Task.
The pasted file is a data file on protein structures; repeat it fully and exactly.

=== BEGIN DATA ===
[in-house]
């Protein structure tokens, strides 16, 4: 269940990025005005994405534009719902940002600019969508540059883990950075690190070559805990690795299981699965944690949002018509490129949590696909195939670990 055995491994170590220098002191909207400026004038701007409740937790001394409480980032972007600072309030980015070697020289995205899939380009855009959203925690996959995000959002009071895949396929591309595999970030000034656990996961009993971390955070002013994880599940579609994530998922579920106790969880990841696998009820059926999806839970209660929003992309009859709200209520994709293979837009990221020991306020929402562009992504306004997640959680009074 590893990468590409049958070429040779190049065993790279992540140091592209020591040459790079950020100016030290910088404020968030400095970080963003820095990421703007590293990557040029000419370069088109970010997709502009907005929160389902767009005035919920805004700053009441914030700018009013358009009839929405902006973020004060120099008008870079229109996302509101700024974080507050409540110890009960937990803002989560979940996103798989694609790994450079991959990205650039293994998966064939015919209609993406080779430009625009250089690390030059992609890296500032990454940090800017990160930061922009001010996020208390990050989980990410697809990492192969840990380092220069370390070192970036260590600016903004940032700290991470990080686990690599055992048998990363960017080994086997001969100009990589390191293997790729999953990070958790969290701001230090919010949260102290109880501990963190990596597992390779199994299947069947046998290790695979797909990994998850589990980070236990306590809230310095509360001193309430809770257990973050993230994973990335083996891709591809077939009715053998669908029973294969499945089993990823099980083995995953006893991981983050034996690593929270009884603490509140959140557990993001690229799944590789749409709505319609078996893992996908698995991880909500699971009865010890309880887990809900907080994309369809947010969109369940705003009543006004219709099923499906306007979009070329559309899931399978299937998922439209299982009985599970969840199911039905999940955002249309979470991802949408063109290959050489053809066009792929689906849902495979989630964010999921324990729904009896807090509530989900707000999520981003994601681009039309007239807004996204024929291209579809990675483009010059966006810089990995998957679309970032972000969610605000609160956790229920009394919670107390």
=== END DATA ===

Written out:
[in-house]
């Protein structure tokens, strides 16, 4: 269940990025005005994405534009719902940002600019969508540059883990950075690190070559805990690795299981699965944690949002018509490129949590696909195939670990 055995491994170590220098002191909207400026004038701007409740937790001394409480980032972007600072309030980015070697020289995205899939380009855009959203925690996959995000959002009071895949396929591309595999970030000034656990996961009993971390955070002013994880599940579609994530998922579920106790969880990841696998009820059926999806839970209660929003992309009859709200209520994709293979837009990221020991306020929402562009992504306004997640959680009074 590893990468590409049958070429040779190049065993790279992540140091592209020591040459790079950020100016030290910088404020968030400095970080963003820095990421703007590293990557040029000419370069088109970010997709502009907005929160389902767009005035919920805004700053009441914030700018009013358009009839929405902006973020004060120099008008870079229109996302509101700024974080507050409540110890009960937990803002989560979940996103798989694609790994450079991959990205650039293994998966064939015919209609993406080779430009625009250089690390030059992609890296500032990454940090800017990160930061922009001010996020208390990050989980990410697809990492192969840990380092220069370390070192970036260590600016903004940032700290991470990080686990690599055992048998990363960017080994086997001969100009990589390191293997790729999953990070958790969290701001230090919010949260102290109880501990963190990596597992390779199994299947069947046998290790695979797909990994998850589990980070236990306590809230310095509360001193309430809770257990973050993230994973990335083996891709591809077939009715053998669908029973294969499945089993990823099980083995995953006893991981983050034996690593929270009884603490509140959140557990993001690229799944590789749409709505319609078996893992996908698995991880909500699971009865010890309880887990809900907080994309369809947010969109369940705003009543006004219709099923499906306007979009070329559309899931399978299937998922439209299982009985599970969840199911039905999940955002249309979470991802949408063109290959050489053809066009792929689906849902495979989630964010999921324990729904009896807090509530989900707000999520981003994601681009039309007239807004996204024929291209579809990675483009010059966006810089990995998957679309970032972000969610605000609160956790229920009394919670107390």